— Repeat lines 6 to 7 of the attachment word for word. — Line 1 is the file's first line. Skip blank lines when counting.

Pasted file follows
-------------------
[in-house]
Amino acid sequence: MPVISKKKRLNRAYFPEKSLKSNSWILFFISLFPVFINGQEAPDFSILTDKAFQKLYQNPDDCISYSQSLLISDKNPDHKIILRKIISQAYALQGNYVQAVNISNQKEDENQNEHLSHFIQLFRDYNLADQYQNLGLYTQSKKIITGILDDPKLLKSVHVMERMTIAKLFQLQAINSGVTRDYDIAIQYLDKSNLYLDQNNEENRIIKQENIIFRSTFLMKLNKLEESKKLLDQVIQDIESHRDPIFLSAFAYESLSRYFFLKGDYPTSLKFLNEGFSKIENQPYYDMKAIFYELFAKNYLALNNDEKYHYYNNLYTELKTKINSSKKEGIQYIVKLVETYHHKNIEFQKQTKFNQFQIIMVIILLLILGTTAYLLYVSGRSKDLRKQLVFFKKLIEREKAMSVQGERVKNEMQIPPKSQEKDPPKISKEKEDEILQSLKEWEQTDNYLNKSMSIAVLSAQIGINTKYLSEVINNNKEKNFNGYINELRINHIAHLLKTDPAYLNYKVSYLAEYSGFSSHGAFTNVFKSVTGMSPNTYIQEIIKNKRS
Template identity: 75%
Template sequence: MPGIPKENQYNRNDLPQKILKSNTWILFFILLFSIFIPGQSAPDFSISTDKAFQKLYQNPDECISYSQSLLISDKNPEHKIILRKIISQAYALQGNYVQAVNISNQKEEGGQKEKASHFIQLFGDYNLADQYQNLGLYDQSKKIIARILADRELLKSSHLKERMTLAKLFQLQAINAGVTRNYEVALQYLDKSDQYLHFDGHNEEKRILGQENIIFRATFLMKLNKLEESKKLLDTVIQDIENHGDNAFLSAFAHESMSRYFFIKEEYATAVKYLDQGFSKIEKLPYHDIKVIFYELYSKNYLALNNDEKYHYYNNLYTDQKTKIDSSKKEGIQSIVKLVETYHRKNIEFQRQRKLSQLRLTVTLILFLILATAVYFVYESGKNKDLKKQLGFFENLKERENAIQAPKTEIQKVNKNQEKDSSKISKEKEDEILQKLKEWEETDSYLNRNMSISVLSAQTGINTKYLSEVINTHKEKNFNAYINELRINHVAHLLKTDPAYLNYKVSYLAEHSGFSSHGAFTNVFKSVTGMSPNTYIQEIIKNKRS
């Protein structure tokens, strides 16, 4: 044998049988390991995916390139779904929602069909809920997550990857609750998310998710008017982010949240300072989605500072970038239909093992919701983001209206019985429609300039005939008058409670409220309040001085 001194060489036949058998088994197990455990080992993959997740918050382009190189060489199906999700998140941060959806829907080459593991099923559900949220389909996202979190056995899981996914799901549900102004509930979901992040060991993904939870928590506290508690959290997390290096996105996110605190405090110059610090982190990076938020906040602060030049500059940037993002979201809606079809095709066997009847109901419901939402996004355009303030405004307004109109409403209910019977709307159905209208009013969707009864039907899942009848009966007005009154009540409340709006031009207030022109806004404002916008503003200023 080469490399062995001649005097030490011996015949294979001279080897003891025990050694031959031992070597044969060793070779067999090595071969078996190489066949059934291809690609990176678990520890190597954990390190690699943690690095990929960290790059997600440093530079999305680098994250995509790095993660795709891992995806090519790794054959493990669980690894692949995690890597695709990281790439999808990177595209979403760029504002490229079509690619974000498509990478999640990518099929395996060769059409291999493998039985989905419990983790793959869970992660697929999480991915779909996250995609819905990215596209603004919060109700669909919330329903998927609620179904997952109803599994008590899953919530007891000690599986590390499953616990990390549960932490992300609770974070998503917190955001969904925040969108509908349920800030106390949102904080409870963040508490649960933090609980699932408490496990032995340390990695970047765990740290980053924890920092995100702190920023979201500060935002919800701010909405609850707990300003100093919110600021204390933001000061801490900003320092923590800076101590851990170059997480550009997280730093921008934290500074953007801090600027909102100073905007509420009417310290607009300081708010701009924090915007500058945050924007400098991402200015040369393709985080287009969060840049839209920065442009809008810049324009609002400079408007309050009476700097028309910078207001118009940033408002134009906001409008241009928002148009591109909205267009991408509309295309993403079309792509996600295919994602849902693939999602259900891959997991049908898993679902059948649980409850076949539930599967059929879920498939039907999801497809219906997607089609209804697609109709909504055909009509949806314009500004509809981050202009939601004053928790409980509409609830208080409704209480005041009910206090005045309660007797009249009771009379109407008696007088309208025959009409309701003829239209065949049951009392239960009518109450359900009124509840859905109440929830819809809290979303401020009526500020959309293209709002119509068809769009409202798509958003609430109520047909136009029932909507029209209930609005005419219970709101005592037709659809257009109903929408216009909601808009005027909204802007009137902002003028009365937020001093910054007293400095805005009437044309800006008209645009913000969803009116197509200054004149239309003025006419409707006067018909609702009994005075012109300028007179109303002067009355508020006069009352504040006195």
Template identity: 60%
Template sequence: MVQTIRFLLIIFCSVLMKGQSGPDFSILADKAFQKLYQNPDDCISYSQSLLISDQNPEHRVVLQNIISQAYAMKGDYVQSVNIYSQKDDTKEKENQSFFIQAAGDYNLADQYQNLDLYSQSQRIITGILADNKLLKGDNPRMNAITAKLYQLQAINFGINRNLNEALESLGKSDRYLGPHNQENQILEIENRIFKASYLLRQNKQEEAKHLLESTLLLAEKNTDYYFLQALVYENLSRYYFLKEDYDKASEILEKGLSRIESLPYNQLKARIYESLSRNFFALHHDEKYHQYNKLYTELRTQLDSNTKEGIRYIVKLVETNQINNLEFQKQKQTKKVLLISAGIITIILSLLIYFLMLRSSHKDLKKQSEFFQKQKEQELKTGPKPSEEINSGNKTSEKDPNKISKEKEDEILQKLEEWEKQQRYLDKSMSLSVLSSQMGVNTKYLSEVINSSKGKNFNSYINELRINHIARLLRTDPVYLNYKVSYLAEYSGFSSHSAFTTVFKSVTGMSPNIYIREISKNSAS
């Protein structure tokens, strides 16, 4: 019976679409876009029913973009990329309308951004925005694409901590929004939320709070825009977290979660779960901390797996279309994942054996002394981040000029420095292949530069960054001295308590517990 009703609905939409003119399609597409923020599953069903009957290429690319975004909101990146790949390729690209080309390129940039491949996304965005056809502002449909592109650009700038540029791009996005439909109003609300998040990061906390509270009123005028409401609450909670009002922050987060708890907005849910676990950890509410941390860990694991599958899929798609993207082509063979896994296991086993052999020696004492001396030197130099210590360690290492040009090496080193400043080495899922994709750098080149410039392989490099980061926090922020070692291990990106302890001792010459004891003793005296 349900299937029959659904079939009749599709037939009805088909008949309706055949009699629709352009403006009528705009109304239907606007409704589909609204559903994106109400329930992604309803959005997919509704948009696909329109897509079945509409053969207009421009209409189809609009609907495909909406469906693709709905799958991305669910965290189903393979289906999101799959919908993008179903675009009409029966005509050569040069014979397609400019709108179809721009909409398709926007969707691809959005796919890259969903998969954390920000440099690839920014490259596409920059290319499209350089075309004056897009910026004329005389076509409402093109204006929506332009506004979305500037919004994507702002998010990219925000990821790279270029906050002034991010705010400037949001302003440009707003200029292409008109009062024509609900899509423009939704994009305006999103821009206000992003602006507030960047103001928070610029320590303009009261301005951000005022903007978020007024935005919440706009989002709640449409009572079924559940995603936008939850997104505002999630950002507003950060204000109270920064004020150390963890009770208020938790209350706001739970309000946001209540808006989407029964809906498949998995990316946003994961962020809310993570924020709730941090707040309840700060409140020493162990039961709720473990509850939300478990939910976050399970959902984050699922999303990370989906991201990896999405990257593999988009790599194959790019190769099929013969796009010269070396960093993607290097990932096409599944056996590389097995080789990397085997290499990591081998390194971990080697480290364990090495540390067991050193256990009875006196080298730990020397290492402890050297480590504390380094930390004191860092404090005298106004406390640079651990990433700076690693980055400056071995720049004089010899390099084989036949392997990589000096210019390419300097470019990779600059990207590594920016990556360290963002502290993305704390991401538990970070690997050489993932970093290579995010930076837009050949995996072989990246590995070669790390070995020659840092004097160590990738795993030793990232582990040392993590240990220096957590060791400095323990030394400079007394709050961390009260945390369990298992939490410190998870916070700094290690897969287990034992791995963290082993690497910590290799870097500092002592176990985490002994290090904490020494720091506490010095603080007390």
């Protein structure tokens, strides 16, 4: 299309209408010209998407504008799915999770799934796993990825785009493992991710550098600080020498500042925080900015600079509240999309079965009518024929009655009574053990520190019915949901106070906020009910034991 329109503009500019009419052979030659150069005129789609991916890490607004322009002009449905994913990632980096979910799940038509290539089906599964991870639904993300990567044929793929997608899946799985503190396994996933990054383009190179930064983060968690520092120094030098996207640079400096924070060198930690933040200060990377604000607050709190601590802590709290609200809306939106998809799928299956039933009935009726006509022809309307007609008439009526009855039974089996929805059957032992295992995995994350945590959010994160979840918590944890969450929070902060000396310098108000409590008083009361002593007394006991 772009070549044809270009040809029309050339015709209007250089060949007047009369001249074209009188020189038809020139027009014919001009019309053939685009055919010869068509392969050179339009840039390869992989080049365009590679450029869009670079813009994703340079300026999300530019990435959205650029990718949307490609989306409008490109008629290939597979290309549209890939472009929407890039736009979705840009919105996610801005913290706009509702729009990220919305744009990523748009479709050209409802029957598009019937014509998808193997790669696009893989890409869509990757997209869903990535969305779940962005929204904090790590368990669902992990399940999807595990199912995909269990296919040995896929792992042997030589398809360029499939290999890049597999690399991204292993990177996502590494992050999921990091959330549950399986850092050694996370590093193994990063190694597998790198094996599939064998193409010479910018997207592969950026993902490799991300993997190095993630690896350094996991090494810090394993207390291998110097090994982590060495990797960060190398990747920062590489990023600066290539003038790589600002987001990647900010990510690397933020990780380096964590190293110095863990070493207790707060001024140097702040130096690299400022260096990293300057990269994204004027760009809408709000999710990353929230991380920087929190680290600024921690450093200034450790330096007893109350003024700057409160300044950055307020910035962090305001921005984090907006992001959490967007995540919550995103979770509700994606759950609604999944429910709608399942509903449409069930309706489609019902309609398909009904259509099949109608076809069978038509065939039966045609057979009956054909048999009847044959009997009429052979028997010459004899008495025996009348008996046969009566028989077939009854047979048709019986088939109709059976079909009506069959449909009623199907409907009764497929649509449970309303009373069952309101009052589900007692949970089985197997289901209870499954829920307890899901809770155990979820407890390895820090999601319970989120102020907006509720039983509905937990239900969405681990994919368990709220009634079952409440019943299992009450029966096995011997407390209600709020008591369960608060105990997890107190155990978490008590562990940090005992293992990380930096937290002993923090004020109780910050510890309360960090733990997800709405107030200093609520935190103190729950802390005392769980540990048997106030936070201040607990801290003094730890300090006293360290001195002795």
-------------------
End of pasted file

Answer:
Template identity: 60%
Template sequence: MVQTIRFLLIIFCSVLMKGQSGPDFSILADKAFQKLYQNPDDCISYSQSLLISDQNPEHRVVLQNIISQAYAMKGDYVQSVNIYSQKDDTKEKENQSFFIQAAGDYNLADQYQNLDLYSQSQRIITGILADNKLLKGDNPRMNAITAKLYQLQAINFGINRNLNEALESLGKSDRYLGPHNQENQILEIENRIFKASYLLRQNKQEEAKHLLESTLLLAEKNTDYYFLQALVYENLSRYYFLKEDYDKASEILEKGLSRIESLPYNQLKARIYESLSRNFFALHHDEKYHQYNKLYTELRTQLDSNTKEGIRYIVKLVETNQINNLEFQKQKQTKKVLLISAGIITIILSLLIYFLMLRSSHKDLKKQSEFFQKQKEQELKTGPKPSEEINSGNKTSEKDPNKISKEKEDEILQKLEEWEKQQRYLDKSMSLSVLSSQMGVNTKYLSEVINSSKGKNFNSYINELRINHIARLLRTDPVYLNYKVSYLAEYSGFSSHSAFTTVFKSVTGMSPNIYIREISKNSAS